I tried to include pictures in this post but they were crashing on the iPad and the computer wouldn't let me upload them. Frustrating! I am wondering whether there was some sort of issue with photostream.

Saturday, 2 August 2014

Mother-Daughter Days

This summer is going past ridiculously fast. Small daughter finished school a week and a half ago. I was only able to take a couple of days off work in July (I truly hate having to work through the summer!) so I used them to take the two younger girls out for mother-daughter days. Two trips to London, both very different.

The first one was with my almost 16 year old. She wanted to start with a visit to Camden Market.

We decided on the train down that we would try to fit in a last minute theatre trip so we then headed for Leicester Square where there is a ticket office which sells on-the-day theatre seats, mostly quite well discounted. We tried for Wicked but there were only restricted view seats, so we ended up with tickets for Jersey Boys. Then we went to Foyles bookshop for coffee.

Next we puttered around Covent Garden and watched street theatre.

We tested out Zizzis - a chain of Italian restaurants - and ate chocolate pizza. It just had to be tried. It was good. Very good.

And then we went to the theatre where we enjoyed the show once I got over vertigo. Cheap seats meant high-up-in-the-gods seats, and I do not like heights! Once the show started and I had something to focus my eyes on it got a lot better.

For her mother-daughter day out the little person wanted to go to London Zoo. It was hot! One of the hottest days of the year I think. Fortunately the zoo has plenty of shade. We saw lots of animals, including her favourite - otters.

She practiced stalking like a tiger.

I found this statue of Winnie-the-Bear and the Canadian soldier who bought him over to England as his battalion mascot in 1914. He was left in London Zoo to be looked after, then given to the Zoo after the War. He was visited by A.A.Milne, and his name was passed on to a certain other Bear of Very Little Brain.

On the way home I paid homage to a certain Mr Holmes (in his Benedict Cumberbatch incarnation!).

Thursday, 17 July 2014

Annoying Blogging Failure!

Not, for once, because I haven't been blogging as much as I want to (though that is also true). This is a technical annoyance. I posted a "Super Salad Saturday" post a couple of weeks ago, with a salad recipe and the (optimistic) idea that I would try to post a salad post every Saturday for a while. Last Sunday (almost Saturday!) I posted another - but somehow managed to overwrite the original post, which is just plain annoying as the replacement now has no context! I am not sure I will have the time or energy to recreate the original, but if I don't its absence will irritate me.

I blog on my iPad - in fact, I do almost everything on my iPad, rarely bothering with a "real" computer - and use an app called BlogPress. I find it usually works very well. There are slight limitations in formatting but it does the simple text and pictures blog entries quickly and easily. I find I need to save regularly as it has been known to blip out and lose what I have done, though this seems better recently so maybe they have ironed out a bug. You can save drafts locally or online so they can be edited or finished off elsewhere. One glitch is that it is easier than I realised to overwrite a post that has already been posted on the blog. Oops!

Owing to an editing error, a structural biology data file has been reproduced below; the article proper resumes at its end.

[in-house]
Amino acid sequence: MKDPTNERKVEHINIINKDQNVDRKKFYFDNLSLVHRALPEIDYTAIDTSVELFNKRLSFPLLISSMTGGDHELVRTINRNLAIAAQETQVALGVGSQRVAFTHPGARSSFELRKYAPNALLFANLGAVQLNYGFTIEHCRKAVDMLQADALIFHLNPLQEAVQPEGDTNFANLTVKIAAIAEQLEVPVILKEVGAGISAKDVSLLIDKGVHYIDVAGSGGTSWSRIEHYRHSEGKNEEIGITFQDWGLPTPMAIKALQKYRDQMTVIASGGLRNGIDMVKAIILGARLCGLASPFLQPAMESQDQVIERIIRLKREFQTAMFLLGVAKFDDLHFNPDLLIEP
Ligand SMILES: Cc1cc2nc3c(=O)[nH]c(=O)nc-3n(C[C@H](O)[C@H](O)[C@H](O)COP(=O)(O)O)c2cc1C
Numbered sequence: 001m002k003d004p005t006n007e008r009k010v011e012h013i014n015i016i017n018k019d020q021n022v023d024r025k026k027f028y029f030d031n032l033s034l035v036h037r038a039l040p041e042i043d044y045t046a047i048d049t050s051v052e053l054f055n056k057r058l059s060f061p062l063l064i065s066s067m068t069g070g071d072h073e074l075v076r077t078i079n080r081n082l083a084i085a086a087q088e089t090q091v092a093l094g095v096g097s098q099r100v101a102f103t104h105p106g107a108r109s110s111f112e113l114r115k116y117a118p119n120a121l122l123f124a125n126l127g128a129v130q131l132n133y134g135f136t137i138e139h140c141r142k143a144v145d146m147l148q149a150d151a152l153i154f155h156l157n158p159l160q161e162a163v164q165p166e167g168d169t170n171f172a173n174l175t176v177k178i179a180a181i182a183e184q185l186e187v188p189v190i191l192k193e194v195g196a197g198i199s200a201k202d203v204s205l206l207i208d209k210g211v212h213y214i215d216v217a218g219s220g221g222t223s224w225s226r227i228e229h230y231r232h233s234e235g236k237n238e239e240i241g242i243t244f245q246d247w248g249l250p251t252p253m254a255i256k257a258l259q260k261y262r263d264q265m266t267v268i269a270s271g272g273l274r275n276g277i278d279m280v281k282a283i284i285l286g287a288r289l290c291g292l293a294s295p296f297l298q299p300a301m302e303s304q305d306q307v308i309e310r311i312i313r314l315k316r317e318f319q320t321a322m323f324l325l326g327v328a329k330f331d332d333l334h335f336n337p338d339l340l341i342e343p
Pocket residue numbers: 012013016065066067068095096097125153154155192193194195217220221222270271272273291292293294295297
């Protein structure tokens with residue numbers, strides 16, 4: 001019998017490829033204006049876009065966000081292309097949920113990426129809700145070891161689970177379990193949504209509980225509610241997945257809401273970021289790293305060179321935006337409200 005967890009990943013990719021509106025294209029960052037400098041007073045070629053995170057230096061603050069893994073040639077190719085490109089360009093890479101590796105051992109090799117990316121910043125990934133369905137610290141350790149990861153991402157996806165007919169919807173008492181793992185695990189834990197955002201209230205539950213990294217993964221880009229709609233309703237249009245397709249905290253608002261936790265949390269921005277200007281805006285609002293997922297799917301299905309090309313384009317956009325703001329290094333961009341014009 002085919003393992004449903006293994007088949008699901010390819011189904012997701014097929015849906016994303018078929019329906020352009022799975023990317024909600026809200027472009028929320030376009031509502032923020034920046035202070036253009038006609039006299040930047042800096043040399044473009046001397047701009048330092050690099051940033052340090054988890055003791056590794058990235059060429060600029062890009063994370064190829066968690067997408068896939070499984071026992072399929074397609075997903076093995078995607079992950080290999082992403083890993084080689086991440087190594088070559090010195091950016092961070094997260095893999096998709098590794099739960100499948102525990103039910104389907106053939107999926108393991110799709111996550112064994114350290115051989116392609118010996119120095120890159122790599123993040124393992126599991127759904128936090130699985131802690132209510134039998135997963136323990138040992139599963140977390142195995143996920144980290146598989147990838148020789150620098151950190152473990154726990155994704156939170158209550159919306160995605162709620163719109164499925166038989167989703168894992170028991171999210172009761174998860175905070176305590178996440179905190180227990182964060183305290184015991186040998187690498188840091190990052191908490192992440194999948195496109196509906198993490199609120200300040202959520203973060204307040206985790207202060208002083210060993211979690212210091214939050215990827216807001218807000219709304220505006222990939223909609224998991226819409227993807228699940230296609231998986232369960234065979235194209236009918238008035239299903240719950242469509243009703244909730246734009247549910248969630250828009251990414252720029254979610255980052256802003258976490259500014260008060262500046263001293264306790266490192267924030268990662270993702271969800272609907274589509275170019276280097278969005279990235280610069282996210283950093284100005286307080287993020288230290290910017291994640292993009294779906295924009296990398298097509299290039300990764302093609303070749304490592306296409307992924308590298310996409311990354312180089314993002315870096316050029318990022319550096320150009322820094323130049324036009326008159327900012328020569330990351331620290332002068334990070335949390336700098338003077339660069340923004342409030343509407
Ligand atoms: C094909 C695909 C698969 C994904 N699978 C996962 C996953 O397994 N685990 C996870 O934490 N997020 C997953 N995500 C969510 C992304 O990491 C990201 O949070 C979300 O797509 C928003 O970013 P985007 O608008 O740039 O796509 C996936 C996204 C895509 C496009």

The other thing that makes blogging on the iPad a decent option is having a keyboard. I bought a second Apple keyboard so that I could use it with the iPad; it also makes a handy spare for the iMac. Being able to type at keyboard speed rather than touchscreen speed makes a huge difference and comes pretty close to turning the iPad into a small laptop.

Saturday, 5 July 2014

Super Salad Saturday - Easy Mackerel Salad

Posted on a Sunday, but what is a day here or there!

This is super quick and super healthy with a mix of green leafy salad and oily fish. The only ingredients (for one portion) are:

Two handfuls of lettuce or leafy salad greens (any type you like)
Two handfuls of baby spinach
Teaspoon each of olive oil and lemon juice
Tin of mackerel fillets in spicy tomato sauce

Put the lettuce and spinach into a bowl. Mix the olive oil and lemon juice and drizzle over the top of the leaves. Open the can of mackerel. Tip on top of leaves.

Done! Five minutes maximum and with practice could be done in two!
The dressing stops the leaves being too dry and the lemon gives a little kick. The mackerel in spicy tomato sauce gives loads of flavour. The fish is packed with protein and healthy fat and spinach is a superfood! Add some nice wholemeal or seeded bread on the side and the mix of complex carbs and protein in the fish will keep energy levels up for hours.

Tuesday, 1 July 2014